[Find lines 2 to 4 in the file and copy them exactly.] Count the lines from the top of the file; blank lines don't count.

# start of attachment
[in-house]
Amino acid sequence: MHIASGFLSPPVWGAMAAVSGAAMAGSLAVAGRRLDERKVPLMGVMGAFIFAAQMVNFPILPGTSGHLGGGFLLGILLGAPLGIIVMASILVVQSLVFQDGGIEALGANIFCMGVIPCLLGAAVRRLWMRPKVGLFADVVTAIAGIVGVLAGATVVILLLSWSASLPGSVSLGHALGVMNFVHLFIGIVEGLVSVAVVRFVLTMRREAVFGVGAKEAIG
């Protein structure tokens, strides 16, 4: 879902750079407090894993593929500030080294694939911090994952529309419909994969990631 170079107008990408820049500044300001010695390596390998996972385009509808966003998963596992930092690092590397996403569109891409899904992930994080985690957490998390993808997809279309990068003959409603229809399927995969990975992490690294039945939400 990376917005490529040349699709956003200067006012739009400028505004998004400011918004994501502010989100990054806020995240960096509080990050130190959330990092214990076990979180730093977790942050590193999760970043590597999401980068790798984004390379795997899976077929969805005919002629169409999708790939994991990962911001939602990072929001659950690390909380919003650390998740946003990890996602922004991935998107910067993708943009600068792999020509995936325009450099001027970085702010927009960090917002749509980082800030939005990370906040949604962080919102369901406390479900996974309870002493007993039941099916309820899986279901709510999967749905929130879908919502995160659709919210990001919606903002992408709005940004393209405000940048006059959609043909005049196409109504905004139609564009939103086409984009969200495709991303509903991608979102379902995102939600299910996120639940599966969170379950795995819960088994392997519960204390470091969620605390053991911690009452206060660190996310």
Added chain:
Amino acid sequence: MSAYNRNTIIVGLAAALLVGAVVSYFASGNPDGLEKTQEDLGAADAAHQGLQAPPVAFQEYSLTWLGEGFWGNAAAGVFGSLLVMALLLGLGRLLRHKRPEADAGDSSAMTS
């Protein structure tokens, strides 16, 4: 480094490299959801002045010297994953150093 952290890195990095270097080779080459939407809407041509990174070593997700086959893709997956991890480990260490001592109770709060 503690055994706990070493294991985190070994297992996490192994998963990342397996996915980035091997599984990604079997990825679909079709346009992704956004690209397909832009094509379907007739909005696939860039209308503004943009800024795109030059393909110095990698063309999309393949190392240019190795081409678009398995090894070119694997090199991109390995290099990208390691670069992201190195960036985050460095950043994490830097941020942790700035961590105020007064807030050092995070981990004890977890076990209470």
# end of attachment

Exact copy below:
Amino acid sequence: MHIASGFLSPPVWGAMAAVSGAAMAGSLAVAGRRLDERKVPLMGVMGAFIFAAQMVNFPILPGTSGHLGGGFLLGILLGAPLGIIVMASILVVQSLVFQDGGIEALGANIFCMGVIPCLLGAAVRRLWMRPKVGLFADVVTAIAGIVGVLAGATVVILLLSWSASLPGSVSLGHALGVMNFVHLFIGIVEGLVSVAVVRFVLTMRREAVFGVGAKEAIG
């Protein structure tokens, strides 16, 4: 879902750079407090894993593929500030080294694939911090994952529309419909994969990631 170079107008990408820049500044300001010695390596390998996972385009509808966003998963596992930092690092590397996403569109891409899904992930994080985690957490998390993808997809279309990068003959409603229809399927995969990975992490690294039945939400 990376917005490529040349699709956003200067006012739009400028505004998004400011918004994501502010989100990054806020995240960096509080990050130190959330990092214990076990979180730093977790942050590193999760970043590597999401980068790798984004390379795997899976077929969805005919002629169409999708790939994991990962911001939602990072929001659950690390909380919003650390998740946003990890996602922004991935998107910067993708943009600068792999020509995936325009450099001027970085702010927009960090917002749509980082800030939005990370906040949604962080919102369901406390479900996974309870002493007993039941099916309820899986279901709510999967749905929130879908919502995160659709919210990001919606903002992408709005940004393209405000940048006059959609043909005049196409109504905004139609564009939103086409984009969200495709991303509903991608979102379902995102939600299910996120639940599966969170379950795995819960088994392997519960204390470091969620605390053991911690009452206060660190996310």
Added chain: